Florida has already missed a deadline to begin running a health-insurance exchange in January 2014, which means the federal government will at least initially operate it. The law calls for each state to have an exchange, which will be an online marketplace for people to shop for insurance coverage. Depending on income levels, many people will be able to qualify for federal subsidies.
Despite the missed deadline, Negron said the state could enter a partnership with the federal government to run an exchange or could operate its own exchange in later years.
The potential Medicaid expansion also is drawing heavy attention, as backers say it would provide coverage to more people and reduce the amount of uncompensated care provided by hospitals and health professionals. The expansion would allow people with higher income levels to qualify for Medicaid and also would allow childless adults — a group now largely excluded from the program — to sign up.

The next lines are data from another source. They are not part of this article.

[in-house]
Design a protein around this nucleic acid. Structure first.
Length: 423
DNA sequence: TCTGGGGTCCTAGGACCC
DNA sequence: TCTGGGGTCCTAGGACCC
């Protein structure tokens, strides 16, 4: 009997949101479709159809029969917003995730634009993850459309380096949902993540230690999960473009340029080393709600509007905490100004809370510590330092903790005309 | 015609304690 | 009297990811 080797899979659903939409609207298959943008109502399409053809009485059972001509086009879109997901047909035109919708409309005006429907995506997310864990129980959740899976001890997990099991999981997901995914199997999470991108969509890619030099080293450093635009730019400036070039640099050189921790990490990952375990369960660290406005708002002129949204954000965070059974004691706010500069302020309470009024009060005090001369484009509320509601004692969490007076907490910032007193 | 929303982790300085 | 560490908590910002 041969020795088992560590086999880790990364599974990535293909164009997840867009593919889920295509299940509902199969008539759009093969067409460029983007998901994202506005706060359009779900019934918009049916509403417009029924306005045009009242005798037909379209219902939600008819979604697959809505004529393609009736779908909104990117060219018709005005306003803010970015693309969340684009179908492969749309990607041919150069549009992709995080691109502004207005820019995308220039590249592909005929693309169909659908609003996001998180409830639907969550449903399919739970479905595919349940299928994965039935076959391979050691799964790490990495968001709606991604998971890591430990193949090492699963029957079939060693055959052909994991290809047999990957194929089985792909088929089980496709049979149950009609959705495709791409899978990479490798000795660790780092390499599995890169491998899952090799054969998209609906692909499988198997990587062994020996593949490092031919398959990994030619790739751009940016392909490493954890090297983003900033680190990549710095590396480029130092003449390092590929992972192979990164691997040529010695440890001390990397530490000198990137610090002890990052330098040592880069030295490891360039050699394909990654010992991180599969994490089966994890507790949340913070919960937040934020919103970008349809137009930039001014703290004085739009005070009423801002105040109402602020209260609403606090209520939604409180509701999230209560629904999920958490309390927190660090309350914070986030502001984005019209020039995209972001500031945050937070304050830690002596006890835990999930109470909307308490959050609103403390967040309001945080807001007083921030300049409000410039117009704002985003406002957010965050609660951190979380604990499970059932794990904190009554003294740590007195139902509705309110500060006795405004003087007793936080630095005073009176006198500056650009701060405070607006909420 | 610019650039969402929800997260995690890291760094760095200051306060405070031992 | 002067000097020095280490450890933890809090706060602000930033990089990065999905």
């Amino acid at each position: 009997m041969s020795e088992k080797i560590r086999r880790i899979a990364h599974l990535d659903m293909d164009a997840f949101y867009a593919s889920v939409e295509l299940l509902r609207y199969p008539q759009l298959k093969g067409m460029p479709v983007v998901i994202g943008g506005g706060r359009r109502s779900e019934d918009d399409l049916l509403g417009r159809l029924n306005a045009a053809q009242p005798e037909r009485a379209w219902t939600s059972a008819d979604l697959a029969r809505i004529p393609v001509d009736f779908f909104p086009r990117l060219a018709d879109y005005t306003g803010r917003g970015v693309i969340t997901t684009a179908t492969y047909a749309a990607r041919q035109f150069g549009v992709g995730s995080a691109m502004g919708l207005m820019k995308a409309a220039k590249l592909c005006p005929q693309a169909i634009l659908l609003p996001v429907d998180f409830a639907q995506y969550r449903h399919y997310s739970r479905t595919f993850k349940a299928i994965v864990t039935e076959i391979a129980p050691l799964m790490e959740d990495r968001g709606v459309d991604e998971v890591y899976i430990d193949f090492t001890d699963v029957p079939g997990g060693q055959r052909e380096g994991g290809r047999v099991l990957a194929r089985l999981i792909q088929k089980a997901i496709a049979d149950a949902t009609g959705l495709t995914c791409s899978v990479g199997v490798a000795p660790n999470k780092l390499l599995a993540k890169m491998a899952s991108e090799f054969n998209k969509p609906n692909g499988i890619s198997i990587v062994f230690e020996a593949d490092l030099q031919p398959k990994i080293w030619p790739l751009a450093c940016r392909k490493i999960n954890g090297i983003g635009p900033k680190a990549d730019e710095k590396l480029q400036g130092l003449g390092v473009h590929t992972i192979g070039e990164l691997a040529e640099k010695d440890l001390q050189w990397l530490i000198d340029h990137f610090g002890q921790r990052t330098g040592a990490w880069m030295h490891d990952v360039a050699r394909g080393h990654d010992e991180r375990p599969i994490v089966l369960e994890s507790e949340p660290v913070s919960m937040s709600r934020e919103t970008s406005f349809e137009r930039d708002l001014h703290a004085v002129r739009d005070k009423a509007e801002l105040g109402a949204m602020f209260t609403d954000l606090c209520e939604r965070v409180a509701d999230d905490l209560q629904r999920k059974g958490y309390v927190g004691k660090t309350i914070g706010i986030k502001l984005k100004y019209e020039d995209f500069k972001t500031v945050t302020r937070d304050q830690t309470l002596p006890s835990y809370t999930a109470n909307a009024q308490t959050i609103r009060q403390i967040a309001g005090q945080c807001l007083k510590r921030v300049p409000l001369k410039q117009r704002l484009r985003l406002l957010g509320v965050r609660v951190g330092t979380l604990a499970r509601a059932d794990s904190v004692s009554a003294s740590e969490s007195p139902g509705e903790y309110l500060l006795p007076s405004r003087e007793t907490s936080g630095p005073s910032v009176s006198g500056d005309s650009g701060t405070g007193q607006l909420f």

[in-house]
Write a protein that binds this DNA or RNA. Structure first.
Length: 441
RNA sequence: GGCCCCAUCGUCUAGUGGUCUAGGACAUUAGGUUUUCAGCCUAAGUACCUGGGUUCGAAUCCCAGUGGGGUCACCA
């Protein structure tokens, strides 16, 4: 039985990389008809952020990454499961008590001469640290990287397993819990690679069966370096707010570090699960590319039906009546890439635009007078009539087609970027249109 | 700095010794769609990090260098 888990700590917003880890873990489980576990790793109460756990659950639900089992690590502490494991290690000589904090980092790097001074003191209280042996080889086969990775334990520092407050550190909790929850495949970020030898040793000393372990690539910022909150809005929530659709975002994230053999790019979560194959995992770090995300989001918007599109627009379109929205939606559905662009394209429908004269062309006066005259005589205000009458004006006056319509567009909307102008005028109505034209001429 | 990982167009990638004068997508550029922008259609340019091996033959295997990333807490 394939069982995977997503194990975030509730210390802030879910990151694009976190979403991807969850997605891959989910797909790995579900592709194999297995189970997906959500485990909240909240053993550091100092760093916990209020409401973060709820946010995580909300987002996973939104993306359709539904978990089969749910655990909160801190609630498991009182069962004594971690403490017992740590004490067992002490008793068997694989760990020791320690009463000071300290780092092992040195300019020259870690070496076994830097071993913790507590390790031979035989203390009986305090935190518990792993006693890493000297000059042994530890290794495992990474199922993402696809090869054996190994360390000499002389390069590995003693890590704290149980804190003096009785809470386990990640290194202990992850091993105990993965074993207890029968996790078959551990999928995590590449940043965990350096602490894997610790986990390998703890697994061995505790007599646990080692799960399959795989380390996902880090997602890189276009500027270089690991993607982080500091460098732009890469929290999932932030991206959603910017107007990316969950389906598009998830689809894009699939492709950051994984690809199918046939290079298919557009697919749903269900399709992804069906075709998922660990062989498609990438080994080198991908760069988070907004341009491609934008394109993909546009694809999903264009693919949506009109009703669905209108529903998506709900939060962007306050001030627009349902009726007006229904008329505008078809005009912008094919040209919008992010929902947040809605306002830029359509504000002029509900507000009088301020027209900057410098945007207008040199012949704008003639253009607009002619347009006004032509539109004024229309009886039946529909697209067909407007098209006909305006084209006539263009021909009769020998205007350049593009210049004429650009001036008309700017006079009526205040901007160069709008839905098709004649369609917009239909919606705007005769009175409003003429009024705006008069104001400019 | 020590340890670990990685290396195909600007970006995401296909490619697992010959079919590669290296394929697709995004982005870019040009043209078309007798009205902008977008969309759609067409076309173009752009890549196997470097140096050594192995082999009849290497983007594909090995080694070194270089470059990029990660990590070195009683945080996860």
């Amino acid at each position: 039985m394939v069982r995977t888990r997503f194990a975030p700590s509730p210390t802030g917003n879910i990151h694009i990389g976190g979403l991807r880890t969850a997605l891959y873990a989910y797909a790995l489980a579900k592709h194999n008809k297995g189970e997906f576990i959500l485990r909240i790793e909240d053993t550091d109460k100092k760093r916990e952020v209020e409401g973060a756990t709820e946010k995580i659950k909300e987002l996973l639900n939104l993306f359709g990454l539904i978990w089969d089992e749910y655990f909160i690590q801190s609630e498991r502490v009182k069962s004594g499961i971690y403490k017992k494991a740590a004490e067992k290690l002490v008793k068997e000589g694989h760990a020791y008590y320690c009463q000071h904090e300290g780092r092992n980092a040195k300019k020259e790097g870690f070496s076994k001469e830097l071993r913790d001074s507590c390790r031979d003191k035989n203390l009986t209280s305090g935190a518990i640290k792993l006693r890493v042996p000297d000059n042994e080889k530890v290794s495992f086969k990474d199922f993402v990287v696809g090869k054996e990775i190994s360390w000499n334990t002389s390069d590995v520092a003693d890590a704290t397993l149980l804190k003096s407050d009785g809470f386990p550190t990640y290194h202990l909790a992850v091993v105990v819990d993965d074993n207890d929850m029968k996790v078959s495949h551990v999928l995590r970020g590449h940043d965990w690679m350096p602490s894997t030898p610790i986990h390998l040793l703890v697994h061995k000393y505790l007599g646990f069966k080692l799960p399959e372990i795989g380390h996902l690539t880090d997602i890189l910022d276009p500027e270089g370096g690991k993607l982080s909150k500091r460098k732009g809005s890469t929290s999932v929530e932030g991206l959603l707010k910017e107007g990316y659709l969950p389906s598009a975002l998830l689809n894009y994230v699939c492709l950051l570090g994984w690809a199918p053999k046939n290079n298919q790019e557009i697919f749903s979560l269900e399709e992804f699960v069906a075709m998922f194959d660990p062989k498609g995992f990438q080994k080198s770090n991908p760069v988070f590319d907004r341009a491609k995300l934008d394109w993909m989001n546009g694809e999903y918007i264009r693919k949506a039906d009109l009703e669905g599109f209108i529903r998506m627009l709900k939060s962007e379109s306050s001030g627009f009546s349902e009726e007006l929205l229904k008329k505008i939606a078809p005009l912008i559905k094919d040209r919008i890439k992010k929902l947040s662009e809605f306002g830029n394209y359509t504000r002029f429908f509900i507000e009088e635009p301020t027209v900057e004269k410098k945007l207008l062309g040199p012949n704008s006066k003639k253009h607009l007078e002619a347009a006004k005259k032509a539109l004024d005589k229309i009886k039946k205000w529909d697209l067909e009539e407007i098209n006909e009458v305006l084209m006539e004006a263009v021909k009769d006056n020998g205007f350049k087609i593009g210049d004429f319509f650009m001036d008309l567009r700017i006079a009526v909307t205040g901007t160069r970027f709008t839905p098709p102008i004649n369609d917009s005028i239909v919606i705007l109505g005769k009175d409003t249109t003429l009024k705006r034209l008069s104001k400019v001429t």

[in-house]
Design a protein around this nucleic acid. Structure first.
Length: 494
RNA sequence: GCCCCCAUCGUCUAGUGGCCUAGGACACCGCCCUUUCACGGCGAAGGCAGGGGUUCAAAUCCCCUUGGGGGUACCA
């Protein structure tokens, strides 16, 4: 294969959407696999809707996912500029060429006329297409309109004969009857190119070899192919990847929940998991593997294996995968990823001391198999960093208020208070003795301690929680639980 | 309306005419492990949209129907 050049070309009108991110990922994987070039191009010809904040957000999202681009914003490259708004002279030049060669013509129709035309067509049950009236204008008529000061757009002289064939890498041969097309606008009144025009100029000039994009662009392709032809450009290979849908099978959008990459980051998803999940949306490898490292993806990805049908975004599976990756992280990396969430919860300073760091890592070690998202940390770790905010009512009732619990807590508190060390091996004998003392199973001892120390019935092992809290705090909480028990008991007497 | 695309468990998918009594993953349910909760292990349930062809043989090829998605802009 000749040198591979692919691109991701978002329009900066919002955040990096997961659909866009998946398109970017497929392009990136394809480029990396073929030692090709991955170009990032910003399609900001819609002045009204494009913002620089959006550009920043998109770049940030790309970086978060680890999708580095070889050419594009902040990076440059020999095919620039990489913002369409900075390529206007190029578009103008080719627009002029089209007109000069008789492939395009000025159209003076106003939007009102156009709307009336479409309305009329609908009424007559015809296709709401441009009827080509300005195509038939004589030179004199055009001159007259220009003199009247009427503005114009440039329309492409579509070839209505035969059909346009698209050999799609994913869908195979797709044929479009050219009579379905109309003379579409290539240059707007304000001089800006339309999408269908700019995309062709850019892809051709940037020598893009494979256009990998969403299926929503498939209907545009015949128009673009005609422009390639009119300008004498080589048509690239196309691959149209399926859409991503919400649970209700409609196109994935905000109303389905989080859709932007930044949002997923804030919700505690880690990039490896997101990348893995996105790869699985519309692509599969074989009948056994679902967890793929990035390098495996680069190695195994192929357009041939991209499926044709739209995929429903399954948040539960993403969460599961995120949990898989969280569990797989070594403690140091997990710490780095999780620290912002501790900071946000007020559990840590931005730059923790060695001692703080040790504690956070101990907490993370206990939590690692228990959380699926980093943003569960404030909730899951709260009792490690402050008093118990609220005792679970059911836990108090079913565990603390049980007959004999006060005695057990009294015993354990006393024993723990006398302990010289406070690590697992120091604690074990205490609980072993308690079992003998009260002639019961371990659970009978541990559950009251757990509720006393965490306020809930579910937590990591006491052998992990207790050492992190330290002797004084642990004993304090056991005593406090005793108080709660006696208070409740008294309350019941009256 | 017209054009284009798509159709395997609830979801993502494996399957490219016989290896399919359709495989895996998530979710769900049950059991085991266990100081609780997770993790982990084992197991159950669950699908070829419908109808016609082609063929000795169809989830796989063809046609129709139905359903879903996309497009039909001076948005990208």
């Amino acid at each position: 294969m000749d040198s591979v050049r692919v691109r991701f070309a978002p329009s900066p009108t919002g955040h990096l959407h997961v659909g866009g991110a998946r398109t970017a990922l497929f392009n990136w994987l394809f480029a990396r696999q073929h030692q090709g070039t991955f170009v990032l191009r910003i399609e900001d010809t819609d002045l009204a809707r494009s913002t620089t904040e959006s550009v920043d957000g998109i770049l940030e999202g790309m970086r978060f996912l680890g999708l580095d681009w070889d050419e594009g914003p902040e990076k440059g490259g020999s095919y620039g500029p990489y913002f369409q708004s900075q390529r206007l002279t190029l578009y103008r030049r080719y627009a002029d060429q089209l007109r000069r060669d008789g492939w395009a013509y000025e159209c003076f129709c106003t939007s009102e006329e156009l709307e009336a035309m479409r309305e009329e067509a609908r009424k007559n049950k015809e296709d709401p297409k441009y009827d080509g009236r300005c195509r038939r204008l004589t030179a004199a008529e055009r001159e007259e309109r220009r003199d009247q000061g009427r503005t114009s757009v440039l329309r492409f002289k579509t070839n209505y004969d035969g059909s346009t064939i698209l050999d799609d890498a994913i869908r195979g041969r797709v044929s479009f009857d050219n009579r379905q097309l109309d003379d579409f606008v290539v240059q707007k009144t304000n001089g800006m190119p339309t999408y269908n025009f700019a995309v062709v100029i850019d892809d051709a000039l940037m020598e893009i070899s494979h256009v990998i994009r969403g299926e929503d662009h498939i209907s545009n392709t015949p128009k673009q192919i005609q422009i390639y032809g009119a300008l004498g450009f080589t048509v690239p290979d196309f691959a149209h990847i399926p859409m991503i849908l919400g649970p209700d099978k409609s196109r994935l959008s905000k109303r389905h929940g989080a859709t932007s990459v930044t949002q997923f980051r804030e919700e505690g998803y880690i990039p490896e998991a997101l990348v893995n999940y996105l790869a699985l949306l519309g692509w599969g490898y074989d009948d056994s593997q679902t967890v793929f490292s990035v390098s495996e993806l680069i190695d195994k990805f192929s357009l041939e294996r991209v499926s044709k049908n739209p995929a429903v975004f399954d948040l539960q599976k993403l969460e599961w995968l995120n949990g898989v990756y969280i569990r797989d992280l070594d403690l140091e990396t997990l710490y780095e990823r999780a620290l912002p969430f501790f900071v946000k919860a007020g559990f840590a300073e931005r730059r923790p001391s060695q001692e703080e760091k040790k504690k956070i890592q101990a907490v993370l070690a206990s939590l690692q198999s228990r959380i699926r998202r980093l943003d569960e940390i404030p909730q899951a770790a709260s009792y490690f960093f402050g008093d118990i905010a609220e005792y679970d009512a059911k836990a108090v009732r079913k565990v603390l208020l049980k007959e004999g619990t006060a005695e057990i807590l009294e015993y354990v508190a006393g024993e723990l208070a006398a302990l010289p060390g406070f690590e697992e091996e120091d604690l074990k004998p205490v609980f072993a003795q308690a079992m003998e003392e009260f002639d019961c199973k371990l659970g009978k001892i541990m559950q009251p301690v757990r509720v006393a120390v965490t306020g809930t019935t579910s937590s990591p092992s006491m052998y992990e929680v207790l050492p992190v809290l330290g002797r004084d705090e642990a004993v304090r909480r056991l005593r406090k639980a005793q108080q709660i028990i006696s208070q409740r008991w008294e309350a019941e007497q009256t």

Safety Harbor physician Owen Linder and Tarpon Springs physician Lawrence Floriani told lawmakers that the expansion would lead to health coverage for more working Floridians, such as low-wage employees in the service industry. With the large number of uninsured Floridians, Floriani said after the House meeting that state government appears willing to "reduce their lives to a question of dollars and cents."
But Rep. Matt Hudson, a Naples Republican who is vice-chairman of the House select committee, expressed frustration with the federal government. For example, he said Washington will not allow the state to only partially expand Medicaid and still qualify for increased federal funding that has been included in the law.
"That was an all-or-nothing offer that was presented to the state,’’ said Hudson, who also is chairman of the House Health Care Appropriations Subcommittee.